Which type of electromagnetic radiation travels the slowest?
They all travel at the same speed
Infrared radiation
Microwaves
Radio waves
All electromagnetic radiation travels at the same speed - the speed of light. The exact figure depends on what it is passing through and it is fastest in a vacuum
7.
Which of the following members of the electromagnetic spectrum has the longest wavelength?
Visible light
Infrared radiation
Microwaves
Radio waves
The waves used by radio stations usually have wavelengths of between 1 m and 1 km
8.
Which of the following is not a disadvantage of wireless communication?
The signals can be blocked by thick walls
Wireless devices must be in range of the transmitter
Wireless devices can be made to be portable
Atmospheric conditions can cause a loss of signal
Wireless communication can be used on almost any scale, from communication with satellites in deep space to a wireless network in the home
9.
Why are microwaves used for communicating with satellites?
Microwaves are not refracted by the Earth's atmosphere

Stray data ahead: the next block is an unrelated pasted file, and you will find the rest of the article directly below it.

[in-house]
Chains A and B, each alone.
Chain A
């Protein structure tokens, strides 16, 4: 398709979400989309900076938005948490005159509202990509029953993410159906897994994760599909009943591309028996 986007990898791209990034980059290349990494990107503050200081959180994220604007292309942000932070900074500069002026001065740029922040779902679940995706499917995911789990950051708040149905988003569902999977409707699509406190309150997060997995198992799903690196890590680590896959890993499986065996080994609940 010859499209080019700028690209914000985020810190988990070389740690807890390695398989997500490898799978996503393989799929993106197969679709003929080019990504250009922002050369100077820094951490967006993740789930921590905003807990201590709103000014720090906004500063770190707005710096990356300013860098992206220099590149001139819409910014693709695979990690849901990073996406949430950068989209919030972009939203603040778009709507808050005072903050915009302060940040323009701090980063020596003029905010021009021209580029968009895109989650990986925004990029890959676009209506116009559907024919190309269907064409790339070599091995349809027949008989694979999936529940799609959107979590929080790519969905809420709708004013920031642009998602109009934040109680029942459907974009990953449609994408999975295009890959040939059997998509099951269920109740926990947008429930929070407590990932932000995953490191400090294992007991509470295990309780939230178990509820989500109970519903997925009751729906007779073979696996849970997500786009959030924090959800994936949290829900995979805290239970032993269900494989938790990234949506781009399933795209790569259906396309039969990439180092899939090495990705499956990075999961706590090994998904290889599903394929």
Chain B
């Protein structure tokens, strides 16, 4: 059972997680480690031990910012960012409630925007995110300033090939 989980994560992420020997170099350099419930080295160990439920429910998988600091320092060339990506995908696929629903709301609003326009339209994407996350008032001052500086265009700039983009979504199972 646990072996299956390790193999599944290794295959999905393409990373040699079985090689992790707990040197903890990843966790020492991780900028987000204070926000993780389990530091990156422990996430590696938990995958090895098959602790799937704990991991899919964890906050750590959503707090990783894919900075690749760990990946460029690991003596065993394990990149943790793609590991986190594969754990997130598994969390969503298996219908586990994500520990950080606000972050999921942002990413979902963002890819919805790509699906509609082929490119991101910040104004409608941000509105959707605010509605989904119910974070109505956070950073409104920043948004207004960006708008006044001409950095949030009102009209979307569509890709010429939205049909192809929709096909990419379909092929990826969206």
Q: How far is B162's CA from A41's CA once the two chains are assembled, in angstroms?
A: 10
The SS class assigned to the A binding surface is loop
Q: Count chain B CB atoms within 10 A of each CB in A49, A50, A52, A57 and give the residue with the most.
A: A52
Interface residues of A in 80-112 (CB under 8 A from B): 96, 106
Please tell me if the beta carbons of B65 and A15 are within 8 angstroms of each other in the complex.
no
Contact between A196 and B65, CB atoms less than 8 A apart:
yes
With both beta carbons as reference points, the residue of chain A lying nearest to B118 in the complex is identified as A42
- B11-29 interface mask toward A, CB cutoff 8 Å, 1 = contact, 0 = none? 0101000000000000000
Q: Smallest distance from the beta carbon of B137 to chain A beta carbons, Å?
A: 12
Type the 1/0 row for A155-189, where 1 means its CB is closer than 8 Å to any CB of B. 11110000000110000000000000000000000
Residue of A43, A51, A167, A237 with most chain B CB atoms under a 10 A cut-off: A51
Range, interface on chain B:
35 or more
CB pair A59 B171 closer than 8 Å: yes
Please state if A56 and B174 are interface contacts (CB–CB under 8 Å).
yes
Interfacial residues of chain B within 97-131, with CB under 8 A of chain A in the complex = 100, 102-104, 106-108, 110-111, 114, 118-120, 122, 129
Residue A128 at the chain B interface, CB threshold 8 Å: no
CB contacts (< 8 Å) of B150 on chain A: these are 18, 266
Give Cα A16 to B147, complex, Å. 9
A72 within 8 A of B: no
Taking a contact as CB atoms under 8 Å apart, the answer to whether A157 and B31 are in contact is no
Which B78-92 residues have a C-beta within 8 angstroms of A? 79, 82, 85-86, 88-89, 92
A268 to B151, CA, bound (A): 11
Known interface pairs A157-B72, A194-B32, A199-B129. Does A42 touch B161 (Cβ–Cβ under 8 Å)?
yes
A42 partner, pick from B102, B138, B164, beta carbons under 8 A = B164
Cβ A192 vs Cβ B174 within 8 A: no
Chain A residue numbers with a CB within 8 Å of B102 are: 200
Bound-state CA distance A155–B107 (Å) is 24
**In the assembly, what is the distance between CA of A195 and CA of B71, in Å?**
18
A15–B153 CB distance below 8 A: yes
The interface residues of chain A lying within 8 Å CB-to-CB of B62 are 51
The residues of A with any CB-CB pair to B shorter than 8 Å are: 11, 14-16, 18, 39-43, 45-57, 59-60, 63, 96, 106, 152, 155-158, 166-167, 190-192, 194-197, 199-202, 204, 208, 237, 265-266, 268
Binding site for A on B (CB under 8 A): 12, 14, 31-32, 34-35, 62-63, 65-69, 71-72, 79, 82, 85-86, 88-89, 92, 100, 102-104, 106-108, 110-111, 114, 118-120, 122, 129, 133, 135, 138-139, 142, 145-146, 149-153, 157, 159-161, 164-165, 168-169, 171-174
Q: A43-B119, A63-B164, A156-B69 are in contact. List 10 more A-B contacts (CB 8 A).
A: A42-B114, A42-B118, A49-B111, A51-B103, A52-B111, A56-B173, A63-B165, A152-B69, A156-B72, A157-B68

Microwaves are refracted by the Earth's atmosphere
Microwaves are the only waves that can travel through space
Other types of wave are not powerful enough to reach that far
There are certain wavelengths of microwave that can pass through the atmosphere without being refracted
10.
Why do mobile telephone users need to be in line of sight with a transmitter to get a signal?
Radio waves cannot be diffracted
Microwaves have too short a wavelength to be diffracted
Infrared radiation is absorbed by trees, buildings and people
Microwaves are easily bent upwards into space
Firstly, you need to know that microwaves are used for mobile telephone communication. Waves can only be diffracted (travel round corners) if the object they are going round or the gap through which they are passing is comparable in size to their wavelength. Since their wavelengths are less than 1 m, microwaves are not diffracted sufficiently by large objects like hills to reach people not directly in line with the mast

 

Author:  Kev Woodward